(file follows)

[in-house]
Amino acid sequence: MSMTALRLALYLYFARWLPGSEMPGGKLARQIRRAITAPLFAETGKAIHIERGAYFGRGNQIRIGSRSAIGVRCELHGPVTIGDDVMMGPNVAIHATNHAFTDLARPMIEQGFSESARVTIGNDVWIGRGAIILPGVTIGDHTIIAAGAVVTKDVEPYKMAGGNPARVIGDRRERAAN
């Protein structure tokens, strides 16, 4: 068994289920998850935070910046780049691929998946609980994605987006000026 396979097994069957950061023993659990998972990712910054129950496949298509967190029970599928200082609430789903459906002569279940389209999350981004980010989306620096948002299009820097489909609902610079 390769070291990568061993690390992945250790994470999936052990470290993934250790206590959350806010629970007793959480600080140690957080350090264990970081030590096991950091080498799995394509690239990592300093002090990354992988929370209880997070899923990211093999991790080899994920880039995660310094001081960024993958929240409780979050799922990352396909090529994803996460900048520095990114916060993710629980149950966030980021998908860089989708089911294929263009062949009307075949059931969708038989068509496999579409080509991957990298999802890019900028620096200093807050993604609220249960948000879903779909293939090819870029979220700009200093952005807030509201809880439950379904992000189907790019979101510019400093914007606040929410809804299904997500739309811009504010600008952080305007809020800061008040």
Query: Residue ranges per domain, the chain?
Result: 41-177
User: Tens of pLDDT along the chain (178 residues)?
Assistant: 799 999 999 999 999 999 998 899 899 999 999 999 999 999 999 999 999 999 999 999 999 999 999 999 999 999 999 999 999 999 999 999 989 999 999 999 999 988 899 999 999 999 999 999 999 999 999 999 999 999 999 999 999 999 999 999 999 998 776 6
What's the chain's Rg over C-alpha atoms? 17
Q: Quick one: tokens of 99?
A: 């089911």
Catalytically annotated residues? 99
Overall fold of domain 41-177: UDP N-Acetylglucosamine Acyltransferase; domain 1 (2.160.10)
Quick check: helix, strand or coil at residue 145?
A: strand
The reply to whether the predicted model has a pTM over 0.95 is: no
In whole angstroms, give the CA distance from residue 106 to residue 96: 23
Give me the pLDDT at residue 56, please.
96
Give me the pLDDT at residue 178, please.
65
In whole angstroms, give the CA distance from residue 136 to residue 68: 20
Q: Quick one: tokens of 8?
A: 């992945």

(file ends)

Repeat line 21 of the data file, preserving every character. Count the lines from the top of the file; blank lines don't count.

In whole angstroms, give the CA distance from residue 136 to residue 68: 20